#CyberFLASH: State has virtually unfettered access to eavesdrop on you


The question is no longer whether Big Brother is watching us. The question is how many of his sibling state agencies are covertly tuning into our private communications?

News last week that the RCMP and CSIS are apparently using a covert device to track cellphone users without judicial oversight came and went quietly. Is this a sign that Canadians have become used to living in a post-privacy woerld? Or that we are so fatigued by continuous revelations about state intrusions that we lack the energy to react?

Whatever the case, the upshot is that we have quietly acceded to a profound change in human communication patterns, one that has reaped the state an informational bonanza. Unless we engage in a national debate — and soon — the end of privacy may be upon us.

Just over 40 years ago Parliament gave us a rigorous wiretap law; elaborate mechanisms that live on as a legacy of an era when personal privacy was a prized civil liberty.

Digital data surveillance, in contrast, is an open plain of unrestrained opportunity for official snoopers. The state has virtually unfettered access to eavesdrop or read every single personal communication with no mechanism for accountability.

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#CyberFLASH: The covert cellphone tracking tech the RCMP and CSIS won’t talk about


Law enforcement and intelligence agencies in Canada won’t say whether they use covert tools called International Mobile Subscriber Identity (IMSI) catchers to track the location of mobile phones and devices – even as the extent of their use by U.S. government agencies is raising serious questions among civil libertarians.

The devices colloquially known as Stingrays – which is the trademarked name for a widely used model sold by Florida-based Harris Corp. – commonly work by masquerading as a legitimate cellular communications tower and tricking nearby devices into connecting and sharing your phone’s IMSI (a unique identifier tied to every mobile device), typically without the knowledge of device owners.

Once connected, an operator can collect identifying information on all connected devices in a geographic area, or home in on the location of a specific device. In certain circumstances, it can even intercept phone calls and text messages.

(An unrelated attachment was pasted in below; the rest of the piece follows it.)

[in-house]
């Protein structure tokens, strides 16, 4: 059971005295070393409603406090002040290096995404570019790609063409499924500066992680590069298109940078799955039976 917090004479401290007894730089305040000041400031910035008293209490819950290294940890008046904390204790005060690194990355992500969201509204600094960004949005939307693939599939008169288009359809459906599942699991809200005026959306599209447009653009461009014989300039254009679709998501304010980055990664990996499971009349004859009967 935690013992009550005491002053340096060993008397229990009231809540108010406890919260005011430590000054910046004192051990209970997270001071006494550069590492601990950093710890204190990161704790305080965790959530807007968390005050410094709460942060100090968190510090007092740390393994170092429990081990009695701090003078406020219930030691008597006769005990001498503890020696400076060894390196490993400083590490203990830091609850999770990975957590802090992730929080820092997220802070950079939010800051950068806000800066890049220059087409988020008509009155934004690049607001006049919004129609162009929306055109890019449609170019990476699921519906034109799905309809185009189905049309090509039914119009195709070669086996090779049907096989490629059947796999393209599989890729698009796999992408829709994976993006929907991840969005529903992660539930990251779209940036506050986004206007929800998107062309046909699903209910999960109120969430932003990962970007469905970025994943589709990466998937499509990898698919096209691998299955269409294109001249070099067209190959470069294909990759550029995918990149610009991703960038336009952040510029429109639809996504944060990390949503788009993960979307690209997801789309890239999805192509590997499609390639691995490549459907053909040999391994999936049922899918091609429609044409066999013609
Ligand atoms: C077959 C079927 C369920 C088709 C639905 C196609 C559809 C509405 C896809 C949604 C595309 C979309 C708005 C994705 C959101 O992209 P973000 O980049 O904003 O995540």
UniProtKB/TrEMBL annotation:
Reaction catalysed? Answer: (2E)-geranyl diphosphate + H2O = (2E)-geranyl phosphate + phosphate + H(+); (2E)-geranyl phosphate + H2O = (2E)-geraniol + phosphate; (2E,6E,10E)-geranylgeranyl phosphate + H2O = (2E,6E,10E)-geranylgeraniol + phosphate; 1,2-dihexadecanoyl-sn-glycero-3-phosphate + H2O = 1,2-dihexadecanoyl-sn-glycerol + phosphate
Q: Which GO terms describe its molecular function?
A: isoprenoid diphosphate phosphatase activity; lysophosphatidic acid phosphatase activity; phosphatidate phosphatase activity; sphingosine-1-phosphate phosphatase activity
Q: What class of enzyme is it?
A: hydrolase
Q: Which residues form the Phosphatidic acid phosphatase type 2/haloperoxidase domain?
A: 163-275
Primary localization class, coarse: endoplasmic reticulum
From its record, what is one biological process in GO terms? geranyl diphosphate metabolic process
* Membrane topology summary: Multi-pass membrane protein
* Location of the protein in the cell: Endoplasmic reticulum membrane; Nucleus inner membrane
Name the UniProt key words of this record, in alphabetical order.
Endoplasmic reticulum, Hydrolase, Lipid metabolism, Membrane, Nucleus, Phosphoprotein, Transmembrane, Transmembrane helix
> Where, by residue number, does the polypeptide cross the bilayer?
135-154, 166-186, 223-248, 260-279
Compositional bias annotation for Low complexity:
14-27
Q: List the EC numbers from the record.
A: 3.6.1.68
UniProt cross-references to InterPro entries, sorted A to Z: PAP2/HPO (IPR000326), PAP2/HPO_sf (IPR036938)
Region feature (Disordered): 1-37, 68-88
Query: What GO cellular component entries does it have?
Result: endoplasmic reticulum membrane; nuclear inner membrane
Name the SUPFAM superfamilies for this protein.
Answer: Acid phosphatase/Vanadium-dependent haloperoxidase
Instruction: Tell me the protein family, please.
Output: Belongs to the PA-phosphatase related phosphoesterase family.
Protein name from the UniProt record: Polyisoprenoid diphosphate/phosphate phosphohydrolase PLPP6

The RCMP, in response to inquiries by journalists, has refused to confirm or deny whether Stingrays or other IMSI catchers have been used. RCMP spokesperson David Falls said the agency “[does] not release information pertaining to capabilities/tools as that can have an impact on our investigations.”

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#CyberFLASH: Govt tries to shut down debate on Online Spying Bill


The government looks likely to shut down debate on its controversial Online Spying Bill C-13, which MPs are scheduled to discuss later today. The move comes after tens of thousands have spoken out on a pro-privacy petition organized by OpenMedia.ca and a huge nationwide 50 organization Protect our Privacy coalition. If the government succeeds, this could be the last day of 2nd Reading debate on the bill, which is being driven forward by Justice Minister Peter MacKay.

Bill C-13 sparked immediate controversy after experts revealed how over 60 pages of the bill were lifted from Vic Toews’ failed online spying Bill C-30, which the government was forced to withdraw after Canadians spoke out against it. Experts say that Bill C-13 would give a wide range of authorities access to the private lives of law-abiding Canadians. The bill grants legal immunity to telecom providers who hand over Canadians’ private information without a warrant, as has already happenedover 18,000 times in the case of just a single government agency last year.

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How the Canadian government can spy on your online activities


One cyber-law expert says Canadians should think about what they do online, as the government could be making notes.

“The problem is we don’t really know what they’re up to because they won’t tell anyone,” says Michael Geist, a University of Ottawa law professor.

Communications Security Establishment Canada (CSEC), a government agency that acts as a cyber counter-terrorism unit, has come under scrutiny following headlines about Edward Snowden — an IT specialist working for the CIA.

Reports about governments collecting information on their own citizens surfaced after Snowden, who worked in the counter-terrorism department of the CIA, leaked an e-mail showing the U.S. government wanted Verizon to turn over information about calls made by customers between the months of April and May of this year.

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Tories deny Canadian spy agencies are targeting Canadians


OTTAWA—The Conservative government flatly denies Canadian spy agencies are conducting any unauthorized electronic snooping operations.

After facing questions from the NDP Opposition about how far he has authorized Ottawa’s top secret eavesdropping spy agency to go, a terse Conservative Defence Minister Peter MacKay left the Commons, telling the Star: “We don’t target Canadians, okay.”

A former Liberal solicitor general says that doesn’t mean other allied spy agencies don’t collect information on Canadians and share it with the Canadian spying establishment.

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